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Published: 19 Sep 2014
WASHINGTON, D.C. -- One of health IT's most active advocacy groups used National Health IT Week to announce its new partnership with a smaller allied organization to further one of their top goals: interoperability.
The College of Healthcare Information Management Executives (CHIME) announced its partnership with the Association of Medical Directors of Information Systems (AMDIS) at its Sept. 16 Capitol Hill interoperability forum with ONC. Before the session in the Russell Senate office building, CHIME Board Chair Randy McCleese, vice president and CIO of St. Claire Regional Medical Center in Kentucky, told SearchHealthIT that AMDIS brings a complimentary skill set to the CIO group.
"We don't have the medical expertise they have, so the synergies are there," McCleese said. "They know things about how doctors work."
He added that AMDIS President William Bria, M.D., is a physician who is on top of health IT.
"He provides a link between the two," McCleese said. "He understands that the change from paper to electronic health records is a huge hurdle and is going to take a lot of doctors' time and is not going to happen overnight."
For his part, Bria said that CHIME represents the vision and leadership that will push health IT into the future.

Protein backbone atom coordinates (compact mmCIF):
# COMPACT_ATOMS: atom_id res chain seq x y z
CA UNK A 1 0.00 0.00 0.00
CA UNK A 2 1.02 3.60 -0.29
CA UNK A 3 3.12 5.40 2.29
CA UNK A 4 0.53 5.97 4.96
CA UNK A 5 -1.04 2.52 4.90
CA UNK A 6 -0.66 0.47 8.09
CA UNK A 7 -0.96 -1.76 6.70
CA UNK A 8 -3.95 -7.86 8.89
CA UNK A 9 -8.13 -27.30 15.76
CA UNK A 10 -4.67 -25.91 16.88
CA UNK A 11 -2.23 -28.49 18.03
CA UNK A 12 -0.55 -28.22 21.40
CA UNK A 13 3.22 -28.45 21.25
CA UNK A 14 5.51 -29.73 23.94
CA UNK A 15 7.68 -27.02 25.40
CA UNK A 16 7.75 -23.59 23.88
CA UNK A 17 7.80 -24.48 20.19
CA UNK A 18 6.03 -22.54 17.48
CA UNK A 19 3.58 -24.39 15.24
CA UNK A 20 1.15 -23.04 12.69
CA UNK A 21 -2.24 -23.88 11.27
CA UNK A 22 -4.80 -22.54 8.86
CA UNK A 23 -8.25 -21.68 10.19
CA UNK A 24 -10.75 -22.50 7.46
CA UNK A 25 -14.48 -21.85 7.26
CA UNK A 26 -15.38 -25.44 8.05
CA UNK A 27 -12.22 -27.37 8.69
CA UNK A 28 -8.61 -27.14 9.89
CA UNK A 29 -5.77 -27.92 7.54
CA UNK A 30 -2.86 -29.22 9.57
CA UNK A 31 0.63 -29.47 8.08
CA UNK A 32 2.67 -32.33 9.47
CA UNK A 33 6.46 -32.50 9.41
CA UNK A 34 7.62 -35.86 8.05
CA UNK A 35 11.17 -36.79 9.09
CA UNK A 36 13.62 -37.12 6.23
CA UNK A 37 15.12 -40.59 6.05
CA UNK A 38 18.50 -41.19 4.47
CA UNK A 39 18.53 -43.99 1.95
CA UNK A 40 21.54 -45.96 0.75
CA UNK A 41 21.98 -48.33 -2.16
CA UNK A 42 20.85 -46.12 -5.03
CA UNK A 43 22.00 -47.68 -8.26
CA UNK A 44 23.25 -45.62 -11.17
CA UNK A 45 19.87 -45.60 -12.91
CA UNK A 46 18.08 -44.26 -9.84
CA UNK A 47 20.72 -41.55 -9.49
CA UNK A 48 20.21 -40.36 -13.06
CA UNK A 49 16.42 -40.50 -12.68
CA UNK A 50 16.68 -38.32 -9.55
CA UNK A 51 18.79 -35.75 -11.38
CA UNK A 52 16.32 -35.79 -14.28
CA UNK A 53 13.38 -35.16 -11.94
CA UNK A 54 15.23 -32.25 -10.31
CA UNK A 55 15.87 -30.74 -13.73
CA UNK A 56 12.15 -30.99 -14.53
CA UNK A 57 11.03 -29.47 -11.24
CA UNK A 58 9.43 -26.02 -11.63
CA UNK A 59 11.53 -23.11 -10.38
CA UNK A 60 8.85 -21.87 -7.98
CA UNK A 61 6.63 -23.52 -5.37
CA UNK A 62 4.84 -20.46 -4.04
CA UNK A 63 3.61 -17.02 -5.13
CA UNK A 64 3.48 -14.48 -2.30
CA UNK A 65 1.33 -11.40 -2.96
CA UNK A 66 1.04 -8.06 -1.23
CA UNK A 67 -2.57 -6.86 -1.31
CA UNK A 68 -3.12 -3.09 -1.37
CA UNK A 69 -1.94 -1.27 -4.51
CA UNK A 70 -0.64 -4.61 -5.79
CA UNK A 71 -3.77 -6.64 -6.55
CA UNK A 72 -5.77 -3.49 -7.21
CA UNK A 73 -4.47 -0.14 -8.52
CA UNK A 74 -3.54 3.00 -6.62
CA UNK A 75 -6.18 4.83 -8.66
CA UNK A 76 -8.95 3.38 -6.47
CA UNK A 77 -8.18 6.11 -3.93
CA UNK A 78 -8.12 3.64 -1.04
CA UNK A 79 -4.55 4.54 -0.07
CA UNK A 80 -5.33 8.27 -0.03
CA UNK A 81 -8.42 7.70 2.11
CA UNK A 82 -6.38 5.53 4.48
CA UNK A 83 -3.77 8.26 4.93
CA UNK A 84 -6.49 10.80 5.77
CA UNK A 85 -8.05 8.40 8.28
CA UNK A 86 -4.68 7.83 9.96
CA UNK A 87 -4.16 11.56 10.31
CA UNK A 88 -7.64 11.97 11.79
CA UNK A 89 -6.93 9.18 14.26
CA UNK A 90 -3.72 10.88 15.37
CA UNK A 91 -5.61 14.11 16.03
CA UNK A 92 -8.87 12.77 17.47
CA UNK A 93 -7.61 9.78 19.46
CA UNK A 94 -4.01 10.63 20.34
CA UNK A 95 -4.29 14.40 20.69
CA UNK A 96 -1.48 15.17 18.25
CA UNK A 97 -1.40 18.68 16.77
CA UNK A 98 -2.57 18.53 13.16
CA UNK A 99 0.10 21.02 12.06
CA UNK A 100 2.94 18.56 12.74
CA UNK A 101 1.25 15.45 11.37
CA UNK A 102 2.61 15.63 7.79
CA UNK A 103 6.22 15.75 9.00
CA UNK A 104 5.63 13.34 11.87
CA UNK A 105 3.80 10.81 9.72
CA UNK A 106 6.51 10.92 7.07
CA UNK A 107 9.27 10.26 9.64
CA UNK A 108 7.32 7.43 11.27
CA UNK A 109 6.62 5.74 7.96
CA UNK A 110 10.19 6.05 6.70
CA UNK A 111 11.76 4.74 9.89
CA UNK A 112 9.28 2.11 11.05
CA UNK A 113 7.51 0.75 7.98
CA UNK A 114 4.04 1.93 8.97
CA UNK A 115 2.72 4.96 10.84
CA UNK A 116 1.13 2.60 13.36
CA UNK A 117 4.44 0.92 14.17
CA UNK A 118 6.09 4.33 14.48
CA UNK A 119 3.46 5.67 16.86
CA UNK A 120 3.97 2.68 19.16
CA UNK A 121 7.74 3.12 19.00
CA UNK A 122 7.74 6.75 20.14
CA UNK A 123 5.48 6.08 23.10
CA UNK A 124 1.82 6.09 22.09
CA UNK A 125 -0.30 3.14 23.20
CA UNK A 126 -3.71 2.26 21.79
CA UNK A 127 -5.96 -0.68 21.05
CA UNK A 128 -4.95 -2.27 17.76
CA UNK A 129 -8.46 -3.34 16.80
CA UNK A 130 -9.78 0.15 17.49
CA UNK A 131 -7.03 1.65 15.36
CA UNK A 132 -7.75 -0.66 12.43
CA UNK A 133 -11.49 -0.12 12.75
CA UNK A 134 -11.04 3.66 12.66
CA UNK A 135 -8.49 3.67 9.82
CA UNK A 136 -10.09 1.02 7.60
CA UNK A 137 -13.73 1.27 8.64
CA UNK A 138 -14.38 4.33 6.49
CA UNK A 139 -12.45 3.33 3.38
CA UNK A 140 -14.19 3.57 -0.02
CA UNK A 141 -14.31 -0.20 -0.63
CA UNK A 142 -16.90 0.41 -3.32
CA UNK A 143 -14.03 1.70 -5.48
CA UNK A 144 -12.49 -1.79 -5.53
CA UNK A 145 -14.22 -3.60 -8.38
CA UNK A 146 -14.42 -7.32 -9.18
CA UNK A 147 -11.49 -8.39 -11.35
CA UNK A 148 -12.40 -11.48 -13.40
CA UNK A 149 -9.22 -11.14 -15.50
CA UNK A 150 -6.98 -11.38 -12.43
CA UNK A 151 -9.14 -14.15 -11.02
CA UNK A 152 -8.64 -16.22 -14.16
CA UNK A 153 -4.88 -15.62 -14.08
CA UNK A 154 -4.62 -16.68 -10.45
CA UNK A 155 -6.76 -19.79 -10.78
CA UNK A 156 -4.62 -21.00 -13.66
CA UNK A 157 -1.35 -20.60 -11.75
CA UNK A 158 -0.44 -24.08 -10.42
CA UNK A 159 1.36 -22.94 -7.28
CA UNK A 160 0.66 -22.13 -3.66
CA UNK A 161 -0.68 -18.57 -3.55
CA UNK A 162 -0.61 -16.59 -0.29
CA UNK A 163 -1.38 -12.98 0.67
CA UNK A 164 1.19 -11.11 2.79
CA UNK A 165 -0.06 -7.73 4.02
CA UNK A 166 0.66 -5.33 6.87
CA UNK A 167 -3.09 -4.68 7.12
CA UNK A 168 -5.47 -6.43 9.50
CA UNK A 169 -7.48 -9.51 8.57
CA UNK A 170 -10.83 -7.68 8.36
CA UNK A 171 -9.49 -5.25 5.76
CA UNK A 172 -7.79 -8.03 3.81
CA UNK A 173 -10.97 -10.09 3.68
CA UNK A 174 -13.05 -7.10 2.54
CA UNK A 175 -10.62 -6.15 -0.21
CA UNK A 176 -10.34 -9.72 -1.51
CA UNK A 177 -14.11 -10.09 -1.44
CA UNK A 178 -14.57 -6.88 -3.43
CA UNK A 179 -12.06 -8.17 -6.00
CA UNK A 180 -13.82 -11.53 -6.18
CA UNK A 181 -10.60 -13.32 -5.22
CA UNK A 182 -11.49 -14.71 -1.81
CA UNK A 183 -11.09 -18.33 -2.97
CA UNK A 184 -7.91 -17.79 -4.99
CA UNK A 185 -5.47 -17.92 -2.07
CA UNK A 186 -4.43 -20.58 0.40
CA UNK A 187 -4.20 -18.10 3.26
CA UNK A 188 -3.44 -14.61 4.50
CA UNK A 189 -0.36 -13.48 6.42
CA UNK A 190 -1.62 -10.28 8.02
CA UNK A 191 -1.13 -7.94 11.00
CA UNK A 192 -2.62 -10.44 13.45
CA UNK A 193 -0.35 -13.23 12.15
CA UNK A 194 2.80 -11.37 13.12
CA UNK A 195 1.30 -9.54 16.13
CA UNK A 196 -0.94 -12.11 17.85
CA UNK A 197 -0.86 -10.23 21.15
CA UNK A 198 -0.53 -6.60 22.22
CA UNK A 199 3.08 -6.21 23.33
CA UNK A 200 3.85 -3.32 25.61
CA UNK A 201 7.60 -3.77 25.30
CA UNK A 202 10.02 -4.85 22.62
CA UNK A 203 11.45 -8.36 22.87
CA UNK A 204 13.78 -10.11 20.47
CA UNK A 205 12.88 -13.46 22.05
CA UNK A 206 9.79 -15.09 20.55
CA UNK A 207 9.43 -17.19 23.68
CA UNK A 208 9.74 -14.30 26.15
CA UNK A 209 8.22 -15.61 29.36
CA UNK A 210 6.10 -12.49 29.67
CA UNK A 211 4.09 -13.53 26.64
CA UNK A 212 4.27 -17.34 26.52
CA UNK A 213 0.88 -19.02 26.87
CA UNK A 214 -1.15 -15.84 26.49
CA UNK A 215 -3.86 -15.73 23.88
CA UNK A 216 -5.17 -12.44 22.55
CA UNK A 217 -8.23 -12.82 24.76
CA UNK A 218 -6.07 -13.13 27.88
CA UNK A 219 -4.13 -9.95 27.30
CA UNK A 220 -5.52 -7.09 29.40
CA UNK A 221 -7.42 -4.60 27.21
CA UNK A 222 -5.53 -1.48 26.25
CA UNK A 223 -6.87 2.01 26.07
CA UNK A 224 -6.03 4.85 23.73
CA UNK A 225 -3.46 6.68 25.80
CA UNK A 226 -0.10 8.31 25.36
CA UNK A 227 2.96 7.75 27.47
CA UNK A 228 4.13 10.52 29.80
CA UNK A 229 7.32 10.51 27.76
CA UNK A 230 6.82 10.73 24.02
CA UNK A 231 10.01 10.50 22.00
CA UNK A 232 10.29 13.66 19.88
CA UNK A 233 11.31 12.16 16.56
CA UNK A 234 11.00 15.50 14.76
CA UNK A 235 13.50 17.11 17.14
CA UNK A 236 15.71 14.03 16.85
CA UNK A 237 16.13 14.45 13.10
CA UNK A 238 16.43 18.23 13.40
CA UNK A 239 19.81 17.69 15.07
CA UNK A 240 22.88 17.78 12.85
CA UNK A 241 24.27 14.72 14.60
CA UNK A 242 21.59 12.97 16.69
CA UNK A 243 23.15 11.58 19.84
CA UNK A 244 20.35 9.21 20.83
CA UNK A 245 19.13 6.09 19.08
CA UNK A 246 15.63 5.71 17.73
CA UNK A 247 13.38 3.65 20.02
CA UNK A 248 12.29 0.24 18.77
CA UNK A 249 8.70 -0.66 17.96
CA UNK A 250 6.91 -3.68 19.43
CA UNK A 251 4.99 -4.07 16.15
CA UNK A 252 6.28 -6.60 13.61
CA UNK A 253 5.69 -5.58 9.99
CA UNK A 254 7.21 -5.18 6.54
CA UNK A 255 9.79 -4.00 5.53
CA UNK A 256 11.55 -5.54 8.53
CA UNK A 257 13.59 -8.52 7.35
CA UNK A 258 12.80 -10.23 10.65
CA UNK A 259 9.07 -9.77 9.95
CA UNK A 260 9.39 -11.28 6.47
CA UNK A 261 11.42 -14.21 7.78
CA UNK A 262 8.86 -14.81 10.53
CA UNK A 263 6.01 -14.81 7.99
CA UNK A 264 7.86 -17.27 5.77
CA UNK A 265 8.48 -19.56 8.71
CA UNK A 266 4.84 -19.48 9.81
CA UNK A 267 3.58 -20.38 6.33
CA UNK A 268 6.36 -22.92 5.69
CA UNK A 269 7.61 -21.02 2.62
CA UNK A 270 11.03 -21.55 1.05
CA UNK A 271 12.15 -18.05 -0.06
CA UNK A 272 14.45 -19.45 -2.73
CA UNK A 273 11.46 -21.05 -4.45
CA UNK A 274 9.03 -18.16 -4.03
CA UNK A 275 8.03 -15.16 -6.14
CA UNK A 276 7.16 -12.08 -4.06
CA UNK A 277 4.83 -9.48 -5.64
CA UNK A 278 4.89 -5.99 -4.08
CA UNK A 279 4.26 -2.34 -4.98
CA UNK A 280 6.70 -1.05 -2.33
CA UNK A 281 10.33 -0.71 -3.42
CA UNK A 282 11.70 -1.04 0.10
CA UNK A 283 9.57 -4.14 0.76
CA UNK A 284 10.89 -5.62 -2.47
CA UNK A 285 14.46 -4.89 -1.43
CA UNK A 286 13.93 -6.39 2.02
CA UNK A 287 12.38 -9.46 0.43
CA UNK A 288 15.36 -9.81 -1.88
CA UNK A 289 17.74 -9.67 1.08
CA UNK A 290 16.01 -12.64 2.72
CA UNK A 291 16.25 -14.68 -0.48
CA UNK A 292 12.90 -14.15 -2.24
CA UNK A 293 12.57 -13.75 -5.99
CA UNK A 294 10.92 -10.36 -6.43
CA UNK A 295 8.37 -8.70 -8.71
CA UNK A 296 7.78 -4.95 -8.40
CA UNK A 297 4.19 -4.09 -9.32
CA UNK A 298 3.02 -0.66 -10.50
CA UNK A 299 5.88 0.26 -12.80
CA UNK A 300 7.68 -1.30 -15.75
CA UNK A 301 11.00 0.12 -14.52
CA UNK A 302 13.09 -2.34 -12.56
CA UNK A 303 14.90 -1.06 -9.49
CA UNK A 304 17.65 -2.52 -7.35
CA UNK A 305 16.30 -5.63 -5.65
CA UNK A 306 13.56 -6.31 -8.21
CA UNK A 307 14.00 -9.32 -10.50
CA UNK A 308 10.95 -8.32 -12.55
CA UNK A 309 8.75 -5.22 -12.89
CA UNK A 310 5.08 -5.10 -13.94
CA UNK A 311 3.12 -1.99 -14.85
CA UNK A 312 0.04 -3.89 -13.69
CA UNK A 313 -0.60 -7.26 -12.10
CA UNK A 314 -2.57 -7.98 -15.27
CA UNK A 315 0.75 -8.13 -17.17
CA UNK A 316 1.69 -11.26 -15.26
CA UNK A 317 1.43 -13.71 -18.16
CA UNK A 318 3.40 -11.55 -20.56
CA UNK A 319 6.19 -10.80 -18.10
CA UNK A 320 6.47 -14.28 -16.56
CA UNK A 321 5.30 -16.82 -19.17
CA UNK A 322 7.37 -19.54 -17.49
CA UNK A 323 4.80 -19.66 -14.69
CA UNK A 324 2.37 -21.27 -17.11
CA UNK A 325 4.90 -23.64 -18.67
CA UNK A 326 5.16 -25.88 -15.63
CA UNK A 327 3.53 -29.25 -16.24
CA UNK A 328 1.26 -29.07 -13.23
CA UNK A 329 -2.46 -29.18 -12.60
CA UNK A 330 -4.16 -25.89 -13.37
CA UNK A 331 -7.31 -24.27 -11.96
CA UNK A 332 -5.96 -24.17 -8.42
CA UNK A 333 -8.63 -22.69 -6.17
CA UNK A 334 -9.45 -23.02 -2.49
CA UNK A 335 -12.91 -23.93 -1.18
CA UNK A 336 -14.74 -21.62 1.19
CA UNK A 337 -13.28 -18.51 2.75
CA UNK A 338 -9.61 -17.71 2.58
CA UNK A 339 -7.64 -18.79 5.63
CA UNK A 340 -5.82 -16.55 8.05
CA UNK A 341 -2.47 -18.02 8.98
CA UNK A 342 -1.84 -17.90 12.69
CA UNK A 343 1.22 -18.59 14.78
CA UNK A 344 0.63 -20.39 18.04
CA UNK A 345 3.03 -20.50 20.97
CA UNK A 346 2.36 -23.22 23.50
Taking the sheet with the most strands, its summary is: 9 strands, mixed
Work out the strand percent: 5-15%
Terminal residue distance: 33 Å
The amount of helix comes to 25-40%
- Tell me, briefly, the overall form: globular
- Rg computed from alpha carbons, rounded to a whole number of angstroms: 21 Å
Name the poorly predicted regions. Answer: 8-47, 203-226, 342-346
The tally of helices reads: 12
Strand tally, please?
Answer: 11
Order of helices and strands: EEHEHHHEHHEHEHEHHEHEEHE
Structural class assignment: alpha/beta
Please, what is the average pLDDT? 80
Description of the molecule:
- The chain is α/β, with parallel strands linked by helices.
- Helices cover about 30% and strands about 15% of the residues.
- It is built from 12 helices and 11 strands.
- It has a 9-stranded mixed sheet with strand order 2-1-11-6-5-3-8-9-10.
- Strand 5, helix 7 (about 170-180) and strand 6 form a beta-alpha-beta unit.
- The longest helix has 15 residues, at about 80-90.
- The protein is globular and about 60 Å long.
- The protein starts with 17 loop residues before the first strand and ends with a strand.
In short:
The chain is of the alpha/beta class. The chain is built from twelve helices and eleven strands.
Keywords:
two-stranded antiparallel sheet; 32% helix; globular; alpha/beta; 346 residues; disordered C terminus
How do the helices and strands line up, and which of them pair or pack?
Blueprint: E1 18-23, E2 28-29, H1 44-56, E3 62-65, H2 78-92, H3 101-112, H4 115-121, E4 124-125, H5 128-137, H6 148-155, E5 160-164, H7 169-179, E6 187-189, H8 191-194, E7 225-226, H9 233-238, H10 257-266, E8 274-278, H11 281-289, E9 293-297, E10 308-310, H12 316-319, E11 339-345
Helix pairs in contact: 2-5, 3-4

"They've got the knowledge of how the system should evolve," Bria said. "We have to take the knowledge and passion we've gained and the knowledge and passion they've gained and we need to combine it to prepare the next generation [of health IT leaders]."
Bria added that he believes his group brings the interests of patients to the relationship because of the direct dealings with patients that many AMDIS members have had as doctors.
The groups will also come closer together on a more mechanical level by sharing staff. Until now, AMDIS did not have paid staff, and now the medical information officers group will use CHIME's staff, McCleese said.
The partnership comes as CHIME has tried to expand its reach by launching a new subgroup, the Association for Executives in Healthcare Information Security (AEHIS), conferring here in Washington with federal officials about cybersecurity and hosting a cybersecurity education conference in New York City, also this week.
It also brings added heft and medical credibility to CHIME and could elevate the CIO group's influence as the health IT focus moves from meaningful use to interoperability, standard settings in health information exchange, telemedicine and other issues that CMS, ONC and groups including CHIME and AMDIS appear to agree will dominate the landscape over the next decade.
Both groups were among a coalition of 16 health IT organizations that asked federal officials to restore the 2015 meaningful use attestation period to 90 days, and reverse the recent CMS decision to extend the period to 365 days.
CHIME's previous call for meaningful use changes
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